80-Bus News


March–April 1983, Volume 2, Issue 2

Page 45 of 55

cure his problem. Not because I think that Mr. Thornton would have refused as a last resort, but because it was our fault that we supplied inappropriate gear through not enquiring too closely, and the best way to keep customers is to treat them nicely and not to trap them into spending more money than they need to.

Anyway Mr. Thornton was very nice about it, and we made several suggestions as to how to cure the problem for a few pence rather than pounds. I received a letter from Mr. Thornton a couple of weeks back and I reproduce his solution here.


by R. Thornton

The port decode on the Nascom 1 only looks at the bottom three address lines, giving a total of eight ports. Port 0 is used for the keyboard, ports 1 and 2 for the UART, ports 4, 5, 6, and 7 for the onboard PIO. Port 3 is unused.

No problem, just so long as you don’t use a port address like 11H or 81H or B1H for something else. Any access to those ports will switch on the UART. This is because the onboard decode doesn’t care what the high address lines are up to, if any of the bottom three address lines is active with IORQ, then something on the main board will be switched on as well. A link is provided on the board (IOEXT) to allow an external board to provide a full decode. Unfortunately someone at Nascom slipped up in this area of the design, and this link does not provide the correct function.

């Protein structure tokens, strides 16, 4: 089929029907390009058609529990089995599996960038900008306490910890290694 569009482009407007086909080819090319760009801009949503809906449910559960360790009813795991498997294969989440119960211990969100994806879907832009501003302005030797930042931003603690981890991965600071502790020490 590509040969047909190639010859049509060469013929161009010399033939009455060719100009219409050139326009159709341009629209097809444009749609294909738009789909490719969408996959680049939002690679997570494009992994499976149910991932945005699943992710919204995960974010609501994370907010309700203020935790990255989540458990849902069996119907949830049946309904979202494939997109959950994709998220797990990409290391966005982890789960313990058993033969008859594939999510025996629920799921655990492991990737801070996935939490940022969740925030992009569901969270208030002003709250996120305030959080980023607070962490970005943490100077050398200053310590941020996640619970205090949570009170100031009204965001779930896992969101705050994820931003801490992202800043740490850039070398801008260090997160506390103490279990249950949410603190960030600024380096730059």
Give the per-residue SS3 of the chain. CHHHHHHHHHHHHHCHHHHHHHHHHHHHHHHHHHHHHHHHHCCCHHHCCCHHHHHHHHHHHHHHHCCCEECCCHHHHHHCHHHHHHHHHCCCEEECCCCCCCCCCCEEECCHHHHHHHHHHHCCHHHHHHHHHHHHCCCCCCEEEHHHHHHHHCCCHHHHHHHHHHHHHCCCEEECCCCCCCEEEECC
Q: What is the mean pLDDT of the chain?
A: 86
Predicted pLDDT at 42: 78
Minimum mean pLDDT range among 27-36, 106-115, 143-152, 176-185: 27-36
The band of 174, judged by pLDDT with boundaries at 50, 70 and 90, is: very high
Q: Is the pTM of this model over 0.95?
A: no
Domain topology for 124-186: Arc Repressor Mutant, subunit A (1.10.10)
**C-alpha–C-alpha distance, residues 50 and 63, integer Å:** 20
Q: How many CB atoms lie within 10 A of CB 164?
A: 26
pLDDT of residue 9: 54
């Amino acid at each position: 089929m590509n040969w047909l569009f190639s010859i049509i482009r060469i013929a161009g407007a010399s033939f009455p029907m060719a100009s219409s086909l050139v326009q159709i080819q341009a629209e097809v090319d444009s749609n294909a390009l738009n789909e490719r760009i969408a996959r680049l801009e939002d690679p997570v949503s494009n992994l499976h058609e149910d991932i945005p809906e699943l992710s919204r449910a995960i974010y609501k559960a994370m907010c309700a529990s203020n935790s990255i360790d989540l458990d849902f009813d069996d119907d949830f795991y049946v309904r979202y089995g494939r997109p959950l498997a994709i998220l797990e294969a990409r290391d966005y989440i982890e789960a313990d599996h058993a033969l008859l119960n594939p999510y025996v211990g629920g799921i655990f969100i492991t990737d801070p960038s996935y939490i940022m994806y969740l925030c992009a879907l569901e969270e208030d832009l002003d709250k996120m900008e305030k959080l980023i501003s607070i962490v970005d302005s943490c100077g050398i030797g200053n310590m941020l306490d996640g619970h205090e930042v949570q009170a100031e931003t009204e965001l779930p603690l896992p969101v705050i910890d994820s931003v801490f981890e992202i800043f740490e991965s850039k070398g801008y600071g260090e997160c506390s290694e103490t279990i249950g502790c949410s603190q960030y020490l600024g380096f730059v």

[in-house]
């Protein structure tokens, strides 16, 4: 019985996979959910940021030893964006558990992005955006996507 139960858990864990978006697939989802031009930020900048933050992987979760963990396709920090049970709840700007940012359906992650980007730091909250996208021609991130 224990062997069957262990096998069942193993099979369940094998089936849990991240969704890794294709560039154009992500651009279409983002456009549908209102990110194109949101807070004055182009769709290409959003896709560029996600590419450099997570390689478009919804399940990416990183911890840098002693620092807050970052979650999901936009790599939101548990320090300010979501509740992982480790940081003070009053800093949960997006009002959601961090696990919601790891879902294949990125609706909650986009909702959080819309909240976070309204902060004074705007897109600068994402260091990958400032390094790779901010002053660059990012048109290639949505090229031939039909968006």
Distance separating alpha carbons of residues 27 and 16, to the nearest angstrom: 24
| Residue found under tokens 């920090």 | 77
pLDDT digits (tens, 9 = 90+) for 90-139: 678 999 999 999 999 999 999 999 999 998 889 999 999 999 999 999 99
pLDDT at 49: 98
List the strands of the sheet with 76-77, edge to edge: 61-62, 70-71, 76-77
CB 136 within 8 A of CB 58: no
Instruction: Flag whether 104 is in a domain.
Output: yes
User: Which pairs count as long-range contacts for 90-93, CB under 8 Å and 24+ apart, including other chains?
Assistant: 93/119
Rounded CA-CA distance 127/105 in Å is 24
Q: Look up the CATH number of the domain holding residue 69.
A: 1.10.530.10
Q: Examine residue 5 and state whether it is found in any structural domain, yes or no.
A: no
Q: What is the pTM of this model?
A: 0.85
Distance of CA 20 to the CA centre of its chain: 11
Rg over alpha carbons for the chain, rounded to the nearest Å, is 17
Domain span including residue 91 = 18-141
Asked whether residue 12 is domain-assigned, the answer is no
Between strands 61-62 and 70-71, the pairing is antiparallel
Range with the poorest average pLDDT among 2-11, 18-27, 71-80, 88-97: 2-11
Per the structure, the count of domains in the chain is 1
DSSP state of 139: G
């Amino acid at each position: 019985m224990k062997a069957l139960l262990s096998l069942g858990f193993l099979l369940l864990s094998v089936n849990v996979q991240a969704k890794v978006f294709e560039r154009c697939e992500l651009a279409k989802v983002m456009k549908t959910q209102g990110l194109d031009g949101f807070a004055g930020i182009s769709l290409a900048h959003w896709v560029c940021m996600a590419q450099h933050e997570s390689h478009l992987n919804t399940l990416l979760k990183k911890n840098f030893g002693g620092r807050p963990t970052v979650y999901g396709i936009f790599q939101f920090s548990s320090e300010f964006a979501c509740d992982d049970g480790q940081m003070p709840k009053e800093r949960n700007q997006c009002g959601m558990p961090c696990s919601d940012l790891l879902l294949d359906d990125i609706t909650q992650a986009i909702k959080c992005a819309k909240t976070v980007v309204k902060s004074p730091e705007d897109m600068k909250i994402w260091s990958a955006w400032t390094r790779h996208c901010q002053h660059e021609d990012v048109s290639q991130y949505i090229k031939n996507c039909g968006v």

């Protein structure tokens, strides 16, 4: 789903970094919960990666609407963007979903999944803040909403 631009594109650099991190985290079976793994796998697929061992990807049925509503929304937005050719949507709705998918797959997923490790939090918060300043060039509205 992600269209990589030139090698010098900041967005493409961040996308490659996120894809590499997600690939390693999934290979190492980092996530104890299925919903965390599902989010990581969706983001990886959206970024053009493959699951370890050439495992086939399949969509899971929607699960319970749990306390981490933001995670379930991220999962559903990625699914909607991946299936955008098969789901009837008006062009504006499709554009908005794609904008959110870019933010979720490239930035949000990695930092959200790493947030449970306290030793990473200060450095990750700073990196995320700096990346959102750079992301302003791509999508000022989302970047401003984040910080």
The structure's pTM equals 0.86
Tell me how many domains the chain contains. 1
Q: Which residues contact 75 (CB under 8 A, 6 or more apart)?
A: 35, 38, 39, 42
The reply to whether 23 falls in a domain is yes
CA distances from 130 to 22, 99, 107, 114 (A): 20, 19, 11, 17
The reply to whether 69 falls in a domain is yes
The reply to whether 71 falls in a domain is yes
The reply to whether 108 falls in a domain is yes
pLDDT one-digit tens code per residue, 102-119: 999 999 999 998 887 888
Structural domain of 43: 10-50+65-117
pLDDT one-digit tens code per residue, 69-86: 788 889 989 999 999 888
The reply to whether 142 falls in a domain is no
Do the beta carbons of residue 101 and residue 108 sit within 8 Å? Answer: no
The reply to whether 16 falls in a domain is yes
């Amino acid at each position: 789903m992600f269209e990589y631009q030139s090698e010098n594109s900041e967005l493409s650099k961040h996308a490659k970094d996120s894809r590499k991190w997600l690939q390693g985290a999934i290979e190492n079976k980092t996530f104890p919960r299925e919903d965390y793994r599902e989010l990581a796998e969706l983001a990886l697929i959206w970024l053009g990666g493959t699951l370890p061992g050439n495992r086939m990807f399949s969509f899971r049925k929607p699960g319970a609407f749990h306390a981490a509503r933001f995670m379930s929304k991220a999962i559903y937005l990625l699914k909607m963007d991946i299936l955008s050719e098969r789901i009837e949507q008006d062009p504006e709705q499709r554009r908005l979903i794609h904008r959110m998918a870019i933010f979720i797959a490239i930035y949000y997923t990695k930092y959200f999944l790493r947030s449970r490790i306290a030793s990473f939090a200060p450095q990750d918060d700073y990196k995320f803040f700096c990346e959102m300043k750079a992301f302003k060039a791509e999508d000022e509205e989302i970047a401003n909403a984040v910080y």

One can get away with some non critical applications combinations, for instance always writing to the conflicting ports, but one particular combination which can’t be mixed is the Henelec/​Gemini G805 disk controller and the Gemini GM812 intelligent video card. The IVC uses ports B1H, B2H and B3H, and consequently does fascinating and unpredictable things to the UART. What it doesn’t do is put pictures on the screen.

There are several solutions; the easiest is to use the Nascom I/O board to feed the G805, but it is expensive. Further, a method was published which requires a bit of board surgery and allows a signal put on IOEXT to take control. (See D. Ritchies letter in INMC4). However, as any board running off the NASBUS will provide its own decode all that is necessary is to make the onboard decodes unambiguous. In other words to lock out the ports on the Nascom 1 when any higher address line is active. This can be done with one extra chip and without board surgery. If you have a dual monitor board the circuit can be wired on to a 24 pin header, picking up most of the lines required and leaving only one connection to be soldered to the main board.

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